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Tuesday, December 27, 2005

1.17 --- Paladin of the Lost Hour

Directed by : Alan Smithee
Written by : Harlan Ellison
Starring : Danny Kaye, Glynn Turman
First aired : 8th of November, 1985.

While visiting the grave of his late wife, an elderly man called Gaspar (Danny Kaye, White Christmas, The Court Jester) is assaulted by two petty punks. He is rescued by Billy (Glynn Turman, Cooley High), and the two men strike an unlikely friendship - Gaspar, the old, crotchety caucasian, and Billy, a young black fellow.

Back at Billy's place, Gaspar admits he's homeless, and Billy lets him stay for as long as neccessary. Gaspar remarks that it won't be for too long, as his time is almost up, and he will be dying shortly. Soon, Gaspar and Billy start talking about everything and nothing - Gaspar tells his new friend of great grief for his late wife which he sorely misses, and Billy of his Vietnam experience, in which he got saved by an unknown soldier who sacrificed himself for him. One particular detail sticks out - while watching the news, Billy abruptly shuts off the TV after hearing another news report about potential nuclear holocaust, but Gaspar comforts him by showing him an old pocket watch, saying that nuclear war won't happen as it's "only 11 o'clock".

One evening, before going to work, Billy sees the watch and tries to take it in his hand. The watch, however, magically floats off in the air, and returns into Gaspar's hand, who just woke up. Feeling that his end is near, Gaspar asks Billy to meet him at the cemetery tomorrow, as he would like to pay his late wife one final visit.

At the graveyard, Gaspar finally opens up to Billy and tells him that he is the keeper of Earth's final hour, which lies trapped in that old pocket watch. If he is to die before passing it on, the clock will start to tick and when the time expires, eternal darkness will reign. Billy initially refuses, but then realizes that it is indeed his calling, and accepts to be the new guardian of the lost hour. As a reward, he is granted one minute of it, which he uses to meet the man who died for him. His task fulfilled, Gaspar dies, and the pocket watch floats off to Billy, who in his newfound duty finds internal salvation.


I will not waste words here : Paladin of the Lost Hour is, simply put, a masterpiece. Written by Harlan Ellison, Paladin is a touching, heart-warming slice of Twilight Zone, teaching us of value of sacrifice and human nature. Veteran comedian and great humanitarian worker Danny Kaye is spellbinding in his, quite fittingly, last ever role - Turman is no worse as the tortured Vietnam vet fighting a seemingly unwinnable war against tremendous guilt. There is great on-screen chemistry between Kaye and Turman, and the already excellent episode benefits even further from it. Once you see it, Paladin of the Lost Hour will stay with you forever...and I would recommend you to go out of your way to see it, if you haven't already. A TZ feature which is easily comparable with the best classic TZ pieces - a real gem.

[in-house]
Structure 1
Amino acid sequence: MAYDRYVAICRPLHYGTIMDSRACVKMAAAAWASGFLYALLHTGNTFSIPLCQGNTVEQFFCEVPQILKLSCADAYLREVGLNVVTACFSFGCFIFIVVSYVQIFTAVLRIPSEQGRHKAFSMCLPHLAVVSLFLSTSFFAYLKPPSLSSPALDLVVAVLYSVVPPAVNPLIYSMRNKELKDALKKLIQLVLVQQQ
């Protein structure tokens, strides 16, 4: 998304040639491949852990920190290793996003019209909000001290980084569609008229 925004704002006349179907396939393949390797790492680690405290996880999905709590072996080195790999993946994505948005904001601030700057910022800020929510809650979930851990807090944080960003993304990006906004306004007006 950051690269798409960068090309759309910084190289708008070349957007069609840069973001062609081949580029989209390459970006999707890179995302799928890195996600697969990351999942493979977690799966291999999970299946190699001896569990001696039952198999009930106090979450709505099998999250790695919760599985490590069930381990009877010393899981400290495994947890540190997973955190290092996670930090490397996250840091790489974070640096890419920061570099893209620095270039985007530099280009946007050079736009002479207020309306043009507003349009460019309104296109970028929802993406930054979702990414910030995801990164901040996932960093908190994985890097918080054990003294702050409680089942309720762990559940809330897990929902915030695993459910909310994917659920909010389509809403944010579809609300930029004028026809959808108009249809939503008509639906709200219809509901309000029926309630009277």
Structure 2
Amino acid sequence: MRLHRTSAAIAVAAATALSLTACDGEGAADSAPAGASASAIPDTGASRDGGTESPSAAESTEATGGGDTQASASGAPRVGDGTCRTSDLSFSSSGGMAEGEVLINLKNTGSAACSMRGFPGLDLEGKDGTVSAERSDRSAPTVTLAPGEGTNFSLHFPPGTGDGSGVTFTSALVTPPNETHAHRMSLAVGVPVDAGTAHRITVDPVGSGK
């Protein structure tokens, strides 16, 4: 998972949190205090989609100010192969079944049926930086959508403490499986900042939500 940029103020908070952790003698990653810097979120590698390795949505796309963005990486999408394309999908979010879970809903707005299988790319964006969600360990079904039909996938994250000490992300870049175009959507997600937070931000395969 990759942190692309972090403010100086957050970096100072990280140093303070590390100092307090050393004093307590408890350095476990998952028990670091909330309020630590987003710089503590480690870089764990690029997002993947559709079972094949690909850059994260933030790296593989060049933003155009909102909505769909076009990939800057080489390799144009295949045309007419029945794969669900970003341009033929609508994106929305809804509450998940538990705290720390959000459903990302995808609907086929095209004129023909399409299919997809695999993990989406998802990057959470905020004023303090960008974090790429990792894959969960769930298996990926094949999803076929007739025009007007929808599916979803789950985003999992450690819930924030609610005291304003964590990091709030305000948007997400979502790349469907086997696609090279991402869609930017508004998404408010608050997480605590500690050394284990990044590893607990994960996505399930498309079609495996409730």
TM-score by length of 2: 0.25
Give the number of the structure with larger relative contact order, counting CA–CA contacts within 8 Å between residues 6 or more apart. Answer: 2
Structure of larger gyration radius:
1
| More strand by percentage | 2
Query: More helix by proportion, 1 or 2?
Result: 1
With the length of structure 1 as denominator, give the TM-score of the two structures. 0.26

Trivia : "Alan Smithee" is actually Gilbert Cates, who directed several critically acclaimed dramas in the 70s. One would assume he disowned Paladin due to syndication butchering, during which no less than twelve minutes of his work got slashed off.

Comments on "1.17 --- Paladin of the Lost Hour"


Anonymous Scott said ... (7:34 PM) : 

Absolutely one of the best of the 80s series. As a matter of fact, one of the best of ALL the Twilight Zone Series.
To anyone who is a Zone fan, this is absolutely a must-not miss.
This story, along with a small handful of others, definately make this "80s" TZ release worth buying on DVD.
TZ DZ Fan-----TZ Cafe


Anonymous Brian said ... (7:49 AM) : 

I just watched this episode last night and then listened to Harlan Ellison's commentary. Mr. Ellison lays down his side of why the episode is credited to Alan Smithee, and it isn't because of syndication changes.


Anonymous Anonymous said ... (9:00 AM) : 

I believe I must have seen this episode when it originally aired in '85. It has been with me, haunting me ever since. I thought it was gone forever in the abyss of canceled TV series ..... until today.

Today is the first time I relived the entire story by reading it on the internet. I am familiar with the works of Harlan Ellison and have appreciated them very much throughout my life. I had no clue he was the author of this story that had achieved mythic proportions in my mind. Many times I had tried to relate the story to others but had trouble because it always made me very emotional. My personal interpretation was that it was about saying goodbye for a final time (Gaspar and Minna).

It is obviously so much more.


Anonymous Anonymous said ... (5:23 PM) : 

Fantastic episode! Really deep and magical story, with some moving performances.


Anonymous Anonymous said ... (11:05 AM) : 

Actually, it was Danny Kaye's second-to-last performance: he appeared in an episode of Cosby a few months later.


Anonymous Anonymous said ... (2:37 PM) : 

I just bought TZ season 1 on DVD, especially for this episode. I had watched it when it was released originally and I've been dreaming if owning it ever since. I do confess that to me the whole magic of the episode is due to the amazing, fabulous, monumental performance of Danny Kaye. The story has many good points, but without to the amazing acting of its two main characters it would fall flat, especially in some moments when it becomes a bit soppy. But great actors saved the day!!!


Anonymous Jp said ... (6:27 AM) : 

Just an amazing story. Some of the finest work on tv...ever! It amazes me even more given Ellison's voice track on the DVD suggests much discord with this episode. If you have to watch just one of TZ mark II, make it this one!


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